Carno table problem

Discussion in 'General Electronics Chat' started by emicho, Dec 7, 2012.

  1. emicho

    Thread Starter New Member

    Apr 9, 2012
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    Hello guys,
    I need to design a digital circuit which have five inputs " A,B,C,D,E"
    and one output..
    the output should be "1" when the input is a prime number
    please I need you to helps me to find the reduced equation of the output
    "using Carno table"...
     
    Last edited: Dec 7, 2012
  2. John P

    AAC Fanatic!

    Oct 14, 2008
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    Of course you checked to see what English-language answers come up when you look online for <carno table>. Knowing what your readers here would be likely to do.

    You did, right?
     
  3. emicho

    Thread Starter New Member

    Apr 9, 2012
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    well yes, but why are you asking??
     
  4. spinnaker

    AAC Fanatic!

    Oct 29, 2009
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    I'm lost. Is the OP spamming?
     
  5. emicho

    Thread Starter New Member

    Apr 9, 2012
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    Hey!!!
    I think I miss understand what you have said
    I really have a problem with carno table which is the map method which we use to simplify a boolean function...
    please I need help with my problem
     
  6. John P

    AAC Fanatic!

    Oct 14, 2008
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    Oh, you mean a CARNAUGH table. Why not just say so?

    Now explain what your inputs actually do.
     
  7. Papabravo

    Expert

    Feb 24, 2006
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    You're all wrong. It is spelled with a 'K', not a 'C'

    http://en.wikipedia.org/wiki/Karnaugh_map

    For 5 inputs it will be hard to see the patterns across 2 tables. There are more effective algorithmic methods.
     
  8. John P

    AAC Fanatic!

    Oct 14, 2008
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    Oops. Well, my spelling is close enough to get you to the right place. However, I was able to get there and not notice that I had it wrong. Not too observant, sorry.

    Anyway, how does this relate to prime numbers?
     
  9. tshuck

    Well-Known Member

    Oct 18, 2012
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    Karnaugh maps begin to get difficult to use past 4 variables, but 5 is certainly doable.. Have a look here before you begin...

    Now, once that is out of the way, draw your K-map and put a 1 wherever the output should be a 1, corresponding to your input variables... So, you will eventually come to a Boolean expression for determining prime numbers....
     
  10. emicho

    Thread Starter New Member

    Apr 9, 2012
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    Thanks Guys, I have some PDF about it but the problem: I don't have time to read all this and I need your help to get the reduced equation of the output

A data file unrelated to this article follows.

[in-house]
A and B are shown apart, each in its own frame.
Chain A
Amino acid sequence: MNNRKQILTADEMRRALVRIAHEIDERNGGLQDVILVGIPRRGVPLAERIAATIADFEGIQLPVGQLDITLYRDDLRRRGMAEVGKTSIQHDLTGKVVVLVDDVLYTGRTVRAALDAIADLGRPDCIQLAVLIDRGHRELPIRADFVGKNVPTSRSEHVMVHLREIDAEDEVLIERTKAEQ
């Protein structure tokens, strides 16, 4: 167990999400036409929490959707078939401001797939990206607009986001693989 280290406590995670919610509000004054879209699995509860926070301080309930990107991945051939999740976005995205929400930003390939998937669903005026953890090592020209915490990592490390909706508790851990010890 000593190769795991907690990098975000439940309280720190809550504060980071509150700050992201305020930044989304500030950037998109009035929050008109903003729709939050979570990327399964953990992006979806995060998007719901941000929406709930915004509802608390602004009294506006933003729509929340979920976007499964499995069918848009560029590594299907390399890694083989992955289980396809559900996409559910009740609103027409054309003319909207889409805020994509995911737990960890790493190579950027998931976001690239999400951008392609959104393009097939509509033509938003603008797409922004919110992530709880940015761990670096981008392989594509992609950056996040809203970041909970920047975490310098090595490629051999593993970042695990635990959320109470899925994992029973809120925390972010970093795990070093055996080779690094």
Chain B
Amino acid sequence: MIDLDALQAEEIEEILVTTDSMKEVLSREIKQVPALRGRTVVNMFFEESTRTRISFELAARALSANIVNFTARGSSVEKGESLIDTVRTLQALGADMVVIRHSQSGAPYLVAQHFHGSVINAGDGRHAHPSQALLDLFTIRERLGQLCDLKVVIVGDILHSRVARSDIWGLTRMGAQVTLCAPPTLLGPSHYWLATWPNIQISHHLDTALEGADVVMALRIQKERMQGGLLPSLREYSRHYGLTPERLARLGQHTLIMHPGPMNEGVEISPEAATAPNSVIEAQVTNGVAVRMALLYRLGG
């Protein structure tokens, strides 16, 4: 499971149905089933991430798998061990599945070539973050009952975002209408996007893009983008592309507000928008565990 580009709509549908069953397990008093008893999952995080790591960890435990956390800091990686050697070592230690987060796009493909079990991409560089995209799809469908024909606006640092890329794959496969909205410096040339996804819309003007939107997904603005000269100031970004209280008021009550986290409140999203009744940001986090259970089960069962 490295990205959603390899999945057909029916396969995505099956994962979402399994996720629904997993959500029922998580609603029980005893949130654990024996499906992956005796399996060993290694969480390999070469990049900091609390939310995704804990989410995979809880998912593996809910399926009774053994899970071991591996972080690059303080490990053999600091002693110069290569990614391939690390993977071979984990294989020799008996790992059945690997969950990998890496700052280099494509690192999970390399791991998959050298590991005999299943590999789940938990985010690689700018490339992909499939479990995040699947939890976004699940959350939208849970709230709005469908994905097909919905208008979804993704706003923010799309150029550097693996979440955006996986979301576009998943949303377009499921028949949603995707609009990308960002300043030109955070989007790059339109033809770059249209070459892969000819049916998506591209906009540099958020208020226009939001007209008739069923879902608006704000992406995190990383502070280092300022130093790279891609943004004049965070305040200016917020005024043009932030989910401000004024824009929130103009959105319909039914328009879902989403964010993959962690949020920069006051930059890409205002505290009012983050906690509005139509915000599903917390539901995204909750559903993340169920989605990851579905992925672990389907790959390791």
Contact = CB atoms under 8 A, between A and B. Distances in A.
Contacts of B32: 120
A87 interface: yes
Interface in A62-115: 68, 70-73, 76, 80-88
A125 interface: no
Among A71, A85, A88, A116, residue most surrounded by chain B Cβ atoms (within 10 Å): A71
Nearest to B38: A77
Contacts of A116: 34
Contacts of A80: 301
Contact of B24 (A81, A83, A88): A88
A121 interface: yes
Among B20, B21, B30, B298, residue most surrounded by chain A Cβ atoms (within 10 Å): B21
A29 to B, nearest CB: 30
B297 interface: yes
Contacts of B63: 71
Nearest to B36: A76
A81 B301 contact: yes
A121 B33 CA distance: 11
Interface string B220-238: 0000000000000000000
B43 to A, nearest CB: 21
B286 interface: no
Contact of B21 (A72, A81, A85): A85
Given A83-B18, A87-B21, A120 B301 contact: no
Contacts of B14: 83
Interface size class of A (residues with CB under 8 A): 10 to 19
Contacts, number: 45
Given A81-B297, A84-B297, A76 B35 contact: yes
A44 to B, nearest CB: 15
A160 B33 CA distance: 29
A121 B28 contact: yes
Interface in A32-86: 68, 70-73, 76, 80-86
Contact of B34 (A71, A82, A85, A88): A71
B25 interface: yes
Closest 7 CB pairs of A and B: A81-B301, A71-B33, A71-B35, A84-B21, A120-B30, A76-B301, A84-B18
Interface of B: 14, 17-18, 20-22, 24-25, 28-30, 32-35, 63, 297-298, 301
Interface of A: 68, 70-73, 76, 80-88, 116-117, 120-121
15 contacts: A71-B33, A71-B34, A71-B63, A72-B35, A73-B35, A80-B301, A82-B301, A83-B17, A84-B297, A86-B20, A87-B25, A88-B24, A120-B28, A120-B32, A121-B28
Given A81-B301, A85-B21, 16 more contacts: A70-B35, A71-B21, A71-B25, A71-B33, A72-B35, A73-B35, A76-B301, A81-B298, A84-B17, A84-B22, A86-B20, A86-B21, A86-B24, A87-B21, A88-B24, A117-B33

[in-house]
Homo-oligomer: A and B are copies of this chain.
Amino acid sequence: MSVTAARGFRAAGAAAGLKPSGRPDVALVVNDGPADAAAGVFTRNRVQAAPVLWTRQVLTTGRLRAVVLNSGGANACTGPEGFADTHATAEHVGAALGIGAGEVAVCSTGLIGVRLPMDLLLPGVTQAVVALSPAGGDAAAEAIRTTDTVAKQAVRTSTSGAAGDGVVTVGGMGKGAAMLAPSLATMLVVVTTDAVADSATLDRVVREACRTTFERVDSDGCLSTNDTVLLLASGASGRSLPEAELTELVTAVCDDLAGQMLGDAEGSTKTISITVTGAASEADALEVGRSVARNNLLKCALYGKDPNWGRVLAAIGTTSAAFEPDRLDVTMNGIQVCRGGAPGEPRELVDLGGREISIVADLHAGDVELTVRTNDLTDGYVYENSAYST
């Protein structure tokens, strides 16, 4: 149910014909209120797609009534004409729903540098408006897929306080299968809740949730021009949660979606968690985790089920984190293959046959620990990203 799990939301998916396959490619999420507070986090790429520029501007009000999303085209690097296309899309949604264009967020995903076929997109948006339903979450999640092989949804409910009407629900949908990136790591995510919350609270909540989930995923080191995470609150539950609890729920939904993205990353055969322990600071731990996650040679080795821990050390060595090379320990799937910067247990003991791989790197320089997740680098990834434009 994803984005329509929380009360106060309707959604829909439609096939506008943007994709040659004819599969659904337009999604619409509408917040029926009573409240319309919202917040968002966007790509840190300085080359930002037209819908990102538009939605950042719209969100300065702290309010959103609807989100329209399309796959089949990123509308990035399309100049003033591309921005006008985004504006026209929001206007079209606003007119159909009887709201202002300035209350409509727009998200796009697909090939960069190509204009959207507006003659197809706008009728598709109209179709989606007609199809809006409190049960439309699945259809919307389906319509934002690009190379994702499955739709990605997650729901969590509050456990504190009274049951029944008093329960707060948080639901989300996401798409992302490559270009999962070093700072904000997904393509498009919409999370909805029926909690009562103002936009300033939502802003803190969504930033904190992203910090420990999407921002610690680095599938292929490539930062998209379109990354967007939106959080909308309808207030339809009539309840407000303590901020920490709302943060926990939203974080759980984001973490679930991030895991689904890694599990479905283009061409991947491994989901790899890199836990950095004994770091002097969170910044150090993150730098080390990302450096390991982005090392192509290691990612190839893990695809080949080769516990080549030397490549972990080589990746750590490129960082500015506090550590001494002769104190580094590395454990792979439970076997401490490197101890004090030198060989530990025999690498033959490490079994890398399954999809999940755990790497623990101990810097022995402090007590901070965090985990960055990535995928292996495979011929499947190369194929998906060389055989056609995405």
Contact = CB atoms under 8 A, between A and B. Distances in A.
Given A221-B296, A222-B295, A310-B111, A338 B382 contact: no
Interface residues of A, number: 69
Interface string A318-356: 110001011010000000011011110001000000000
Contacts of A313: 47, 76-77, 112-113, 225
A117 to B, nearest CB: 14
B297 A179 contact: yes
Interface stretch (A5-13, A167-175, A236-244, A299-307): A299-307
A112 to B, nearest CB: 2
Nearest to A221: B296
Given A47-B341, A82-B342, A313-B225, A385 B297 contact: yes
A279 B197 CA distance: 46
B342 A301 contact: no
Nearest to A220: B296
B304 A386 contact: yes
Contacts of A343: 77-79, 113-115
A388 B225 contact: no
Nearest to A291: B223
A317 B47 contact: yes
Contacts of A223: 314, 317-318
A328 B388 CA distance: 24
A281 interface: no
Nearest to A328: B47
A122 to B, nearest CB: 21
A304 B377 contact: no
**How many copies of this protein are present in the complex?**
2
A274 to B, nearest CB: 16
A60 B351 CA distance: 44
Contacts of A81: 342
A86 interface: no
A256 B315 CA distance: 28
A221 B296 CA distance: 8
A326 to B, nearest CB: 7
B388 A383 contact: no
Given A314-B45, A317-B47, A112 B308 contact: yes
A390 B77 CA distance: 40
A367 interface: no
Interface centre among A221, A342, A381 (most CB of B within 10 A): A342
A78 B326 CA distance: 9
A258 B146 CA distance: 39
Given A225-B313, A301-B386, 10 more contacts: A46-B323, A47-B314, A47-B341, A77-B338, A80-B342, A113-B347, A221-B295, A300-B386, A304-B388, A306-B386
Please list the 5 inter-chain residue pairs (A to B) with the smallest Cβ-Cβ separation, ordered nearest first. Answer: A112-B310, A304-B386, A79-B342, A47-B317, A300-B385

"using Carno table" so that I can draw the digital circuit and I shout finish it today,

    Thanks for all of you friends...
     
  11. Papabravo

    Expert

    Feb 24, 2006
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    Sorry. We were not put here to do your work for you. You absolutely must make an effort. We are here to help, but you need to do the work. Understand?
     
  12. tshuck

    Well-Known Member

    Oct 18, 2012
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    I'm afraid that if you don't have time to understand your problem, you don't have time to come to a solution.....
     
  13. vpoko

    Member

    Jan 5, 2012
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    You can use Mathematica or Wolfram Alpha to reduce boolean functions to a minimal form. Of course, if you have to use Karnaugh maps and show your work, you'll be out of luck.
     
  14. spinnaker

    AAC Fanatic!

    Oct 29, 2009
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    Sounds like someone's homework is due soon. ;)
     
  15. WBahn

    Moderator

    Mar 31, 2012
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    As pointed out by others, an attitude like this will not get you very far here. But, more important, it will not get you far in your goal of learning anything (if, in fact, that actually is one of your goals) and it will not serve you well as an engineer. So if this is going to be the way you operate, get the hell out of engineering, both for your own sake and the sake of the people you will otherwise almost certainly get killed sooner or later.

    Now, should you be interested in getting your act together, consider the following questions on this problem:

    Q1) How do the lettered inputs, A, B, C, D, and E, map to a number (which is then either prime or not)?

    Q2) How many possible input combinations are there that need to be dealt with?

    Q3) How many combinations need to produce a '1' output?

    Q4) Are any of the inputs always (or nearly always) in a particular state when the output is '1'?

    Q5) Might it be easier to identify the cases for which the output should be '0'?
     
  16. ErnieM

    AAC Fanatic!

    Apr 24, 2011
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    While this attitude may makes horrible engineer,it does strongly remind me of at least one engineering manager I've worked for.
     
  17. MrChips

    Moderator

    Oct 2, 2009
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    Isn't that what managers are there for? They manage people but know bugger all about engineering.
     
  18. WBahn

    Moderator

    Mar 31, 2012
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    Yeah, I was strongly tempted to make some recommendations of fields he might want to consider. But I managed, barely, to refrain myself. ;)
     
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